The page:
Will County Residents Favor Single-Payer Health Care

Nov 8 2011
Anne Scheetz

Some 75 people attended a public meeting on HB 311, the Illinois Universal Health Care Act, on November 5 at the Will County Office Building in Joliet. After listening to a synopsis of the bill; a summary of Will County population and unemployment statistics provided by Board member Jacqueline Traynere; and statements opposing and supporting single-payer health care, eleven people who live and/or work in Will County gave their own statements, most expressing support for a single-payer system. No audience member spoke against single-payer health care.

Dave Creighton observed that it is only common sense to want your boss to remain healthy so he can continue to employ you, and your customers to remain in good health so they can continue to buy from you.

Health care administrator Charal Kellner described the burden of paperwork faced by hospitals and physician offices in their dealings with multiple insurance companies and hundreds of insurance plans.

Mary Tisdale of the Will-Grundy Center for Independent Living described the problems faced by their clients in obtaining the means to live in the community; and Amanda Lessner spoke of the disastrous effect on her fiancé, disabled by a brain injury, of being forced into a Medicaid HMO.

Minister Charlotte Droogan described homeless veterans who are missing most of their teeth.

Financial planning consultant Bob Babcock eludicated in detail the cascade of disaster that follows on an unpaid medical bill being sent to a collection agency.

Clarice Hearne pointed out that while one can choose not to buy a car and therfore not to buy auto insurance, everyone has a body, and our bodies are vulnerable; and added that in our current system of health insurance is a gamble--you gamble if you don't have it, and you gamble if you do because you don't know whether it will pay for what you need.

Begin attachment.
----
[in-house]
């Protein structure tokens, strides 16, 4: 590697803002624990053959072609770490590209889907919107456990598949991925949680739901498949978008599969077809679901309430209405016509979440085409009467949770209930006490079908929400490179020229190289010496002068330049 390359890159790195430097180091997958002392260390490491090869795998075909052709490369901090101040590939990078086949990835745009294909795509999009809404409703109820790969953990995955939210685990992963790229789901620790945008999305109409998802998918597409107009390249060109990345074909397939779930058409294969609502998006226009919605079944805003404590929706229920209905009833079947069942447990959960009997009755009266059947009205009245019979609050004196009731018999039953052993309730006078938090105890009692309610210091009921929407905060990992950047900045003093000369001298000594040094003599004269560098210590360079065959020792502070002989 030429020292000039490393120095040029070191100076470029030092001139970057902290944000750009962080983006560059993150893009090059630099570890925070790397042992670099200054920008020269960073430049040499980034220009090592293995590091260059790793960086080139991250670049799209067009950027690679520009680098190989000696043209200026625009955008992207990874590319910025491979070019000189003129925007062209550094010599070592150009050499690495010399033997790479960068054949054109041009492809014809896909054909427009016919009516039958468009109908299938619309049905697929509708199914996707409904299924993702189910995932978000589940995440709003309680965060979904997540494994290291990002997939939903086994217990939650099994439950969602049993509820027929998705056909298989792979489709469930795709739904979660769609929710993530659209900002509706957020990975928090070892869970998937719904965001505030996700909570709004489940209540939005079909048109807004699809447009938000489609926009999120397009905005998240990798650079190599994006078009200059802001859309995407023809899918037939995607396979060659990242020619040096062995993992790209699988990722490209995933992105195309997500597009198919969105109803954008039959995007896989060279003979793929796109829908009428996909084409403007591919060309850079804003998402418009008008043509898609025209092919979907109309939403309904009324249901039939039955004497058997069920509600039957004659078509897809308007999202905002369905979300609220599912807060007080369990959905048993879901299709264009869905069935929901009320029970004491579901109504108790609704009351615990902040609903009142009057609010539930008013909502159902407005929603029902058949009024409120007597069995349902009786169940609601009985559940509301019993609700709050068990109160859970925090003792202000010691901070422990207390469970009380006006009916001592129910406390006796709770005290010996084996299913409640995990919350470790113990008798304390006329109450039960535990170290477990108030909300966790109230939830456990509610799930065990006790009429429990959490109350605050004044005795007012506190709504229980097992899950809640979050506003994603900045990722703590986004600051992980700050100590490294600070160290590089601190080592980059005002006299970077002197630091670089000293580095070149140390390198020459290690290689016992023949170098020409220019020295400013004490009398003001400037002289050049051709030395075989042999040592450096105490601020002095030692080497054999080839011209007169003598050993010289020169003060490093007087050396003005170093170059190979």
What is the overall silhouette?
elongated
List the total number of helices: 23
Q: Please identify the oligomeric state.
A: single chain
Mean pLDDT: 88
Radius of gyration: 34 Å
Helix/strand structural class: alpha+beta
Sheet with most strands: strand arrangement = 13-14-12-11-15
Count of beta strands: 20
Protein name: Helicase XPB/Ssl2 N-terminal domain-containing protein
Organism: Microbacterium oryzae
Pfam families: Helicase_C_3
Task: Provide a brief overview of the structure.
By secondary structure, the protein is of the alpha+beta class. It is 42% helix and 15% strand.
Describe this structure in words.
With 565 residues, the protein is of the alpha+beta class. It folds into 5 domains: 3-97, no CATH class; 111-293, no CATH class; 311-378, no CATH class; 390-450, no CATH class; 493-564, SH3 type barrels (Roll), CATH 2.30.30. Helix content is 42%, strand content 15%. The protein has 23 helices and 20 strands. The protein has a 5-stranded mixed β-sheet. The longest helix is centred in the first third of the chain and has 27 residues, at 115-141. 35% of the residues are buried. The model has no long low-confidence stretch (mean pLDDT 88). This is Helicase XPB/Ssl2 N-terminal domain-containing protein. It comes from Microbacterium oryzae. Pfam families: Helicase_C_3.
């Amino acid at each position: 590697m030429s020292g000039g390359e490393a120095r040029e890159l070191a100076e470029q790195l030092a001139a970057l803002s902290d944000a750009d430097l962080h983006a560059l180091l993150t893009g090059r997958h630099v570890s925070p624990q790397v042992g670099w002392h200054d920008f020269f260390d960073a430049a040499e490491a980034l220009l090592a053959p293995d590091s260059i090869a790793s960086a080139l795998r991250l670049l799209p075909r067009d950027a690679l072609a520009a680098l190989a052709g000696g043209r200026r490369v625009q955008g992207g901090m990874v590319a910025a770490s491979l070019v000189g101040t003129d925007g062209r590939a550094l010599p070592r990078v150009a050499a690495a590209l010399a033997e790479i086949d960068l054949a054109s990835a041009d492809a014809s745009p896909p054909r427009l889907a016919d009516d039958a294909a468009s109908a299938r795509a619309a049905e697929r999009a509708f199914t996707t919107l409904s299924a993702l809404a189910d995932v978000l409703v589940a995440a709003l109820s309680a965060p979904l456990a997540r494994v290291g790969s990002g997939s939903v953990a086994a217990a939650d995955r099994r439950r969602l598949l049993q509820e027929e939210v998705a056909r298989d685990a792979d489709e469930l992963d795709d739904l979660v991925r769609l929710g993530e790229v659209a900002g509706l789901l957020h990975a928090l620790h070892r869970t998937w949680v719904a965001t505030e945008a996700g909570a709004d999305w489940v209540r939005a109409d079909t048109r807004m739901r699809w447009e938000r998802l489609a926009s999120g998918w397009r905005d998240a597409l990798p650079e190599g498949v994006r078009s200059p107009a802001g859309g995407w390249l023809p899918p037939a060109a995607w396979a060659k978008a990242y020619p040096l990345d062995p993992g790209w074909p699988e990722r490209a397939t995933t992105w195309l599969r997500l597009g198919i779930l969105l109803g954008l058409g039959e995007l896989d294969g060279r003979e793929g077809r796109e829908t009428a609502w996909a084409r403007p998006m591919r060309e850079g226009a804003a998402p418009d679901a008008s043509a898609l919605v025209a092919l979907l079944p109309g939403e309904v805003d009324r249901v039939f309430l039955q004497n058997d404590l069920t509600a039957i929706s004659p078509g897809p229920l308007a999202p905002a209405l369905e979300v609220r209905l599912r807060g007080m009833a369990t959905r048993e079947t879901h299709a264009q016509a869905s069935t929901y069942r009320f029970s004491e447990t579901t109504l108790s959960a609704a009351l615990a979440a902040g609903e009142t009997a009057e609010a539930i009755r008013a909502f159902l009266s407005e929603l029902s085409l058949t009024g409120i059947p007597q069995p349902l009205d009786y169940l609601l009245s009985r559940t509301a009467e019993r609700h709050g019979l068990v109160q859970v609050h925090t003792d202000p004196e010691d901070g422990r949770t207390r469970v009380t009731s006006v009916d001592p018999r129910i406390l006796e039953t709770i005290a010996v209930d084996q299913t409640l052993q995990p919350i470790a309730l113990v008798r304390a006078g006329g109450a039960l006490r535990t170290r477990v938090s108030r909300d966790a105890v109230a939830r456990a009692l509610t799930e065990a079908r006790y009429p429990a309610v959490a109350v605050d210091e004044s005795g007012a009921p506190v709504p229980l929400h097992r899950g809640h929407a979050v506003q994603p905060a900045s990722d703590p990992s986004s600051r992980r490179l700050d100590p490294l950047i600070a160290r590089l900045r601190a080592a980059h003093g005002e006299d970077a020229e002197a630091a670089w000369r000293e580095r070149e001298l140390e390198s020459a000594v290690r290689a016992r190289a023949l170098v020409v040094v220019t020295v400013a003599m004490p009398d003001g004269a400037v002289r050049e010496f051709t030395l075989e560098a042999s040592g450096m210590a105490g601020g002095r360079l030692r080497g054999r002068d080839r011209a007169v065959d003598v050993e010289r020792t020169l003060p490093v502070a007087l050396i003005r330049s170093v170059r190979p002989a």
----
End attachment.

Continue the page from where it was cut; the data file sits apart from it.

Turning to issues in the construction of sound health policy, Frankfort resident Ed Cole educated the audience on the effect of large versus fragmented risk pools.

Beth Rice reviewed her experience of having to choose between buying health insurance for her family and paying their mortgage during a period when her husband was unemployed; and added that her support of HB 311 is based on two years of research on "what would be good for all citizens."

Hale Landes, who said he has excellent insurance through his union, wants everyone to have as good as what he has.

Gini Lester, a Will County resident who did not speak during the meeting, observed afterwards, “I was especially pleased that so many addressed that it is our responsibility to take care of each other.”

Board members Herb Brooks and Sharon May attended the meeting and listened to the testimony.

Videographers Vicki Gumbiner and Mike Barr are working on a video of the meeting, which we will post when it becomes available.

The Will-Grundy Center for Independent Living sponsored sign language interpretation by Sherry Kinzler.

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